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Avoid all strained and abstruse language, when conversing with people who may not have entered this realm of thought.

Do not allow anyone to think of you as a lunatic, or a crank, unnecessarily. Of course there are people in the world who consider everyone a lunatic who holds an opinion differing from their own.

But it can do you, or your philosophy, no good to thrust its most difficult phases before the minds of the unawakened, by vague and high flown expressions.

I once chanced to call upon a lady who had, quite unknown to me, entered upon the study of Christian Science.

She remarked to me, almost as soon as the greetings were exchanged, "I had a claim to meet for three days this week, but I have come through it and am victorious."

I supposed the lady referred to some business matter, perhaps a legal affair, and waited an explanation.

After considerable rambling conversation, I managed to grasp the fact that the woman had been sick in the house three days, but now was well. She considered her illness a mere "claim" her "mortal mind" had made which she had to meet and combat.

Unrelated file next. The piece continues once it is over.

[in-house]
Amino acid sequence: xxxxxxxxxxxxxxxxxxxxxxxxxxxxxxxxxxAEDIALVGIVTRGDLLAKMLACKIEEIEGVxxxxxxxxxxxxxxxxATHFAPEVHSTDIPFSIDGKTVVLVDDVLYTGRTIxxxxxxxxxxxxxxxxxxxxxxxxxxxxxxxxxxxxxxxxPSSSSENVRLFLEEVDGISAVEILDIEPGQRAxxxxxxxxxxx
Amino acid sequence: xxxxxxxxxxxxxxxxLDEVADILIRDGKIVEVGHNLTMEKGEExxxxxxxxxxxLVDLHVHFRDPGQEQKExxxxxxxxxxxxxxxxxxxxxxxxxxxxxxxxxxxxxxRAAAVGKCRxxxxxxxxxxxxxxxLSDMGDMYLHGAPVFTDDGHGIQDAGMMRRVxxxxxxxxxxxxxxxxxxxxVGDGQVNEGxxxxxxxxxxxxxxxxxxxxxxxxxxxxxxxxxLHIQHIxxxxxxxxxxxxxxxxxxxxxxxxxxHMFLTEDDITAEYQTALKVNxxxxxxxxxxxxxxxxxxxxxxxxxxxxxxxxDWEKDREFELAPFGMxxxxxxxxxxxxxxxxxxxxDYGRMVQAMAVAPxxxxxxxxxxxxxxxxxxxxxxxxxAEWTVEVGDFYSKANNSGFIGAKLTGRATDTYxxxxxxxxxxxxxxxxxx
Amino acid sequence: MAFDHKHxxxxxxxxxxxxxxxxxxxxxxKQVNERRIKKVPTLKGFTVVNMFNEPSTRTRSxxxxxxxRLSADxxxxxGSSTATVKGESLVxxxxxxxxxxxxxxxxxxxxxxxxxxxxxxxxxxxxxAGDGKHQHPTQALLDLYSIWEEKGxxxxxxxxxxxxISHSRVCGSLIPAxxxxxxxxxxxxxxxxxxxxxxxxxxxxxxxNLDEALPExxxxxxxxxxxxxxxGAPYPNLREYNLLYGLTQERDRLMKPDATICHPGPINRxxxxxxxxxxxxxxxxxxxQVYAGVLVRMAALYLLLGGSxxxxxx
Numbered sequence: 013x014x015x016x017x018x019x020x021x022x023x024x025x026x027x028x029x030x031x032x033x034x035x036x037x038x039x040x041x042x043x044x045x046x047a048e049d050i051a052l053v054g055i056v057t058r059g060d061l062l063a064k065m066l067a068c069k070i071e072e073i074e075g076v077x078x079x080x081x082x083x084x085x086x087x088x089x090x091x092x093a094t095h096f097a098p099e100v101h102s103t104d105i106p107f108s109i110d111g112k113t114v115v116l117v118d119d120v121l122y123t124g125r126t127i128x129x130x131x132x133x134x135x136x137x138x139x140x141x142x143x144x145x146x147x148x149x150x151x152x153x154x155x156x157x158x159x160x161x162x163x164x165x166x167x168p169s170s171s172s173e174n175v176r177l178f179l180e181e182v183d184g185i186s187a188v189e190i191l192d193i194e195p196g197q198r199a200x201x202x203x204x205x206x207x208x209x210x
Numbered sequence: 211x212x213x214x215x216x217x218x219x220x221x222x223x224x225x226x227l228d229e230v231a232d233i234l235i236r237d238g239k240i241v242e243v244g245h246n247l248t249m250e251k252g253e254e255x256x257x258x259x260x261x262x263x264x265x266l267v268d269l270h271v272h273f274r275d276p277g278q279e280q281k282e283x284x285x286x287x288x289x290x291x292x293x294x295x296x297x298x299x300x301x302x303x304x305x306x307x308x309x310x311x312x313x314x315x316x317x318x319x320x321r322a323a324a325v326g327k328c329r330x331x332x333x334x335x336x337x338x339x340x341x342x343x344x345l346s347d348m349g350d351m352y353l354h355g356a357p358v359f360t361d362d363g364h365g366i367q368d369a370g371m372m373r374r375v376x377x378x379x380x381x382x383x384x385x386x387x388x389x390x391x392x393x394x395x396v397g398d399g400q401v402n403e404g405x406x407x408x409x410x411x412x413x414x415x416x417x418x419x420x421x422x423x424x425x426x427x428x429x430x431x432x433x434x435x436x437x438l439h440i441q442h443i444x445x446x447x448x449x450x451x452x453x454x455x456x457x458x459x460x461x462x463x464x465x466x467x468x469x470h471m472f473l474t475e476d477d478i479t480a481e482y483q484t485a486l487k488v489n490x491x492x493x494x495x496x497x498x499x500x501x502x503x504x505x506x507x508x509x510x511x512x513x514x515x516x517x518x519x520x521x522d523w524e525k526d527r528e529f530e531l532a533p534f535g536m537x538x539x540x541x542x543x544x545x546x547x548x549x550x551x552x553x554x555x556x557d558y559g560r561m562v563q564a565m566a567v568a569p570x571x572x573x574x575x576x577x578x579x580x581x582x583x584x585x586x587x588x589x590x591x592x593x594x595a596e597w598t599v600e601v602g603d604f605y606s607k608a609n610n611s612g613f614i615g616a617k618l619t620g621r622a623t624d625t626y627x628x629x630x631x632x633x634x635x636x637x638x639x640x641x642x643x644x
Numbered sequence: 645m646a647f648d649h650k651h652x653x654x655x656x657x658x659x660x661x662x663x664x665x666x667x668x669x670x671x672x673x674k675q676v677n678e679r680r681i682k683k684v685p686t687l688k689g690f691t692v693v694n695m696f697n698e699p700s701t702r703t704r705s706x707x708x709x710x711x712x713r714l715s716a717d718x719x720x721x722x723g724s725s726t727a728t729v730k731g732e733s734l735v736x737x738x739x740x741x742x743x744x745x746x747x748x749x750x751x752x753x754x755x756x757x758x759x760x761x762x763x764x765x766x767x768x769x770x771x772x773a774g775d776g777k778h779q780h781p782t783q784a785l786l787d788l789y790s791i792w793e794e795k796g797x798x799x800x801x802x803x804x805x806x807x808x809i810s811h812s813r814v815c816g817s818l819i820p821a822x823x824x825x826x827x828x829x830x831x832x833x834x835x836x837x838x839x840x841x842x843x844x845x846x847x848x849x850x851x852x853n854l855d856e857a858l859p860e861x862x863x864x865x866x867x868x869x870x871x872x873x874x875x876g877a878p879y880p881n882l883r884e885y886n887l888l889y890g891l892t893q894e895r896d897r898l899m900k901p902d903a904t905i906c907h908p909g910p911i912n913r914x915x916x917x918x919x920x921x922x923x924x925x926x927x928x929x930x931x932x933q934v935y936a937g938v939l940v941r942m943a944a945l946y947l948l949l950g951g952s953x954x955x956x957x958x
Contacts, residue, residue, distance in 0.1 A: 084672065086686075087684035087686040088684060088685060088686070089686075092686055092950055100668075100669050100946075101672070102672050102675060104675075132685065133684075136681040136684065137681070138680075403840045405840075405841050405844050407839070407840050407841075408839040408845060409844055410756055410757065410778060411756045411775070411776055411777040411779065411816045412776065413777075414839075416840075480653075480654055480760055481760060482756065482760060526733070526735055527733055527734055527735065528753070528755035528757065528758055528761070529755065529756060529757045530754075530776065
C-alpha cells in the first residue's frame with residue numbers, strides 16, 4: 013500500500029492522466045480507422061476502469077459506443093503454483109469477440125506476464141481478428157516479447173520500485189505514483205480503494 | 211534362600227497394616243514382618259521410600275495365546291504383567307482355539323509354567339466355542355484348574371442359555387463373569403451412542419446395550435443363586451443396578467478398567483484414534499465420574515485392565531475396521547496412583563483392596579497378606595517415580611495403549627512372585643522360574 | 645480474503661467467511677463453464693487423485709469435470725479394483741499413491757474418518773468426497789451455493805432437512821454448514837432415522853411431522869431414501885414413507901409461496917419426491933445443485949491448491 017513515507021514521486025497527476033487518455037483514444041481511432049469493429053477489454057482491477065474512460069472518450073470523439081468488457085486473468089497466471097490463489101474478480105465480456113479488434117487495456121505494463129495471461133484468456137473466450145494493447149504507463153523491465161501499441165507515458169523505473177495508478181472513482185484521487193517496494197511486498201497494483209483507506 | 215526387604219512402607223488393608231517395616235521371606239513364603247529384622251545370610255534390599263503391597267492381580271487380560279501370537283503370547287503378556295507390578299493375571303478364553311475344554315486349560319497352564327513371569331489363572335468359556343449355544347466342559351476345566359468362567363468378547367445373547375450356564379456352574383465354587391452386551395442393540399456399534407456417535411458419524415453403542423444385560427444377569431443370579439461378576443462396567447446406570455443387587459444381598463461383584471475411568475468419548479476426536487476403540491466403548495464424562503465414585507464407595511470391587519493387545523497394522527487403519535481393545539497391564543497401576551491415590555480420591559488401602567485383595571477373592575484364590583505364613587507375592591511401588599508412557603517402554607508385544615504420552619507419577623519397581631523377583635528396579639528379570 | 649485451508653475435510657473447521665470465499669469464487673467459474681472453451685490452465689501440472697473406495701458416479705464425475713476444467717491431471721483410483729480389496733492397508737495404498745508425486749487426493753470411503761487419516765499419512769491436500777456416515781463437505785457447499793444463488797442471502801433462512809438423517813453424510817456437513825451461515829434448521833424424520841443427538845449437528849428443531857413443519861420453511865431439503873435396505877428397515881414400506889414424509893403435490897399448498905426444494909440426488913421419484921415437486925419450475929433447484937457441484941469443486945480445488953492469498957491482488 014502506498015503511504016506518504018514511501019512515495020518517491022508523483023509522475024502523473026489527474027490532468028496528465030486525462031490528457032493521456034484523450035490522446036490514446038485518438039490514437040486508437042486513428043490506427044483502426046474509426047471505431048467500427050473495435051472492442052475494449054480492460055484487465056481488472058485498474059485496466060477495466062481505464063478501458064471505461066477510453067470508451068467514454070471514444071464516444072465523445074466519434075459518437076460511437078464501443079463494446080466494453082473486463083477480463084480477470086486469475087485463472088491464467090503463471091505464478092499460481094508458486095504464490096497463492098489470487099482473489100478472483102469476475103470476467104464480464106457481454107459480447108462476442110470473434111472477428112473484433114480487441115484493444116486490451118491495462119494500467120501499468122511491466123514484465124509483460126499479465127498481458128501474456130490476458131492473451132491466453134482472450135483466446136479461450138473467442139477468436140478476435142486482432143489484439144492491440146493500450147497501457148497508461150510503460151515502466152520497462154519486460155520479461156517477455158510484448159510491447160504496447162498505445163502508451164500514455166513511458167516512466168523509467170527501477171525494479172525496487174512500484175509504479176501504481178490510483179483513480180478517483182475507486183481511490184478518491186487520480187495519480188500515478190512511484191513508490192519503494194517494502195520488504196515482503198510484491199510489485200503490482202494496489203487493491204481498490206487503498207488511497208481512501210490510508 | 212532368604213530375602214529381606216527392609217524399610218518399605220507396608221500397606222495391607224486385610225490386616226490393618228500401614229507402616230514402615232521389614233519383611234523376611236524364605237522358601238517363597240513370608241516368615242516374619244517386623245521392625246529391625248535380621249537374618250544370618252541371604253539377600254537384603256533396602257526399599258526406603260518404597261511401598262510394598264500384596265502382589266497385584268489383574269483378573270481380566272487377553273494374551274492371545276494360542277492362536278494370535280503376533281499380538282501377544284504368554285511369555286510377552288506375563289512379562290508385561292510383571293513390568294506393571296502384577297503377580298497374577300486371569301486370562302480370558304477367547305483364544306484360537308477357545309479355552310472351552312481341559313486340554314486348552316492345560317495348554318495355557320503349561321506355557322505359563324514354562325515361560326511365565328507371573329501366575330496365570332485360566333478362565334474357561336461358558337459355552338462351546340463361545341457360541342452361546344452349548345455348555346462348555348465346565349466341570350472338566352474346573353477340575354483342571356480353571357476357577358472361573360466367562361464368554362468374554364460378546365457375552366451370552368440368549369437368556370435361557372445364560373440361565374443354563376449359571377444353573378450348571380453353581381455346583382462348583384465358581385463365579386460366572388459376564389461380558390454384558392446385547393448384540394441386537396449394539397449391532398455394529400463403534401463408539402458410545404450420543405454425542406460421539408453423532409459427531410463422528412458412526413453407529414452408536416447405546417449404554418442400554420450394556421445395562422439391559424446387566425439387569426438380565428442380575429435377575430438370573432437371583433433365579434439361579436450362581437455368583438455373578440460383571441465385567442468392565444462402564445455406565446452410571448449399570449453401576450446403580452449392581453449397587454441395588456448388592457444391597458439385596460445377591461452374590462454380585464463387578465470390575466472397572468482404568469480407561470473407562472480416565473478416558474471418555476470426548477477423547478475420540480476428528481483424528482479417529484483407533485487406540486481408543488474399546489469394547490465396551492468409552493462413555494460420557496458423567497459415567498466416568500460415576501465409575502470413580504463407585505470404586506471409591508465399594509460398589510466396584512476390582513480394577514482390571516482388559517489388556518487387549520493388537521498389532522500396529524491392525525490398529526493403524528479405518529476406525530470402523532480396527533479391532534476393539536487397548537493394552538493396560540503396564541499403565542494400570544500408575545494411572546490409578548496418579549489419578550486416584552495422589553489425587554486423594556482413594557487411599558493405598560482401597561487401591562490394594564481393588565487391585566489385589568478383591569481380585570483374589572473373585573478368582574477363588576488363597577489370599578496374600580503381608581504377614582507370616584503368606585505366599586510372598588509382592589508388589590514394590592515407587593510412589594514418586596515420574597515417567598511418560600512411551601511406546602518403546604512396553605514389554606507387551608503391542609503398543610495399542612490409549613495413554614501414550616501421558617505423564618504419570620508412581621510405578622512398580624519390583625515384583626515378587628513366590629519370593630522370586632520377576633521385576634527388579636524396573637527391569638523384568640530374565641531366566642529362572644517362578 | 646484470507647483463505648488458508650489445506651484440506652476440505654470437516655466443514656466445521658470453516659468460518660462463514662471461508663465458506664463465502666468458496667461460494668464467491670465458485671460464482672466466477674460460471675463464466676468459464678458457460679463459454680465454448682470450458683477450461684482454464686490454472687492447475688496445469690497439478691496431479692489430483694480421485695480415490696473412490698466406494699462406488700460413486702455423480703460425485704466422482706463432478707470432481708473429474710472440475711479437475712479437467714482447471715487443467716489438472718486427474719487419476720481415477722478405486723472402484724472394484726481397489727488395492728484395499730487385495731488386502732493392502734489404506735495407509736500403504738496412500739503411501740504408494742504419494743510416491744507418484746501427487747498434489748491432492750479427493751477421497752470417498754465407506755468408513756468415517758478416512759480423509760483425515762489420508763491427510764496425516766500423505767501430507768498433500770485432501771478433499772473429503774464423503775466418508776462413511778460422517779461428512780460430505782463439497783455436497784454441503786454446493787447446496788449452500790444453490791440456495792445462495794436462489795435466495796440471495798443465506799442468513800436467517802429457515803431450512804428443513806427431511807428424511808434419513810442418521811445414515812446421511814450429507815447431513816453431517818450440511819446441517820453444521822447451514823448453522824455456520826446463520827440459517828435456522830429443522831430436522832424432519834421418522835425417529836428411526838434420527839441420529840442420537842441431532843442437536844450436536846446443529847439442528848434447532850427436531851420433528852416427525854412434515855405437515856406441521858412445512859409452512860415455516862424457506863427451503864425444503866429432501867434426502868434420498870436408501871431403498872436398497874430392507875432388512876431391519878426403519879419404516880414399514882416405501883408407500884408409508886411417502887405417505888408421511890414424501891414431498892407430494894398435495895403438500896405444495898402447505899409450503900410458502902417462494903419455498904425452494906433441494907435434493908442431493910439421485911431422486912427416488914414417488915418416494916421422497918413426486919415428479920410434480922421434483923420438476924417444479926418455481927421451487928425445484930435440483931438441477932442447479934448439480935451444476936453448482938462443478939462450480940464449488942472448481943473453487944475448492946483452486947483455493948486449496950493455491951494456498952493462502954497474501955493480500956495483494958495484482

All this sort of talk is very ridiculous. We need not talk about every ailment which attacks us as we move along toward the condition of perfect health which belongs to us! But if we do speak of indisposition, let us use common sense language.

What we want to realize is, that we are in the body, but that the spirit can control bodily conditions, if we give it the ascendency, to the extent of keeping us well, moral, useful, and comfortable even in the midst of sickness, vice, indolence and poverty.

We can rise above these false elements, and subjugate them.

Meanwhile we cannot live without food, clothes and money.

Despise and ignore these vulgar things as we may assume to do, we yet must have them.

It brings only ridicule upon ourselves and our ideas to make this pretense of despising the necessities of life.

To make them secondary in our thoughts to spiritual knowledge is right and wise, but this is better illustrated by our lives and conduct than by our words.

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Ella Wheeler Wilcox

  • Author and poet
  • Born November 5th, 1850 in Johnstown, Wisconsin and died October 30th, 1919
  • Famous line in poetry: "Laugh, and the world laughs with you; Weep, and you weep alone."

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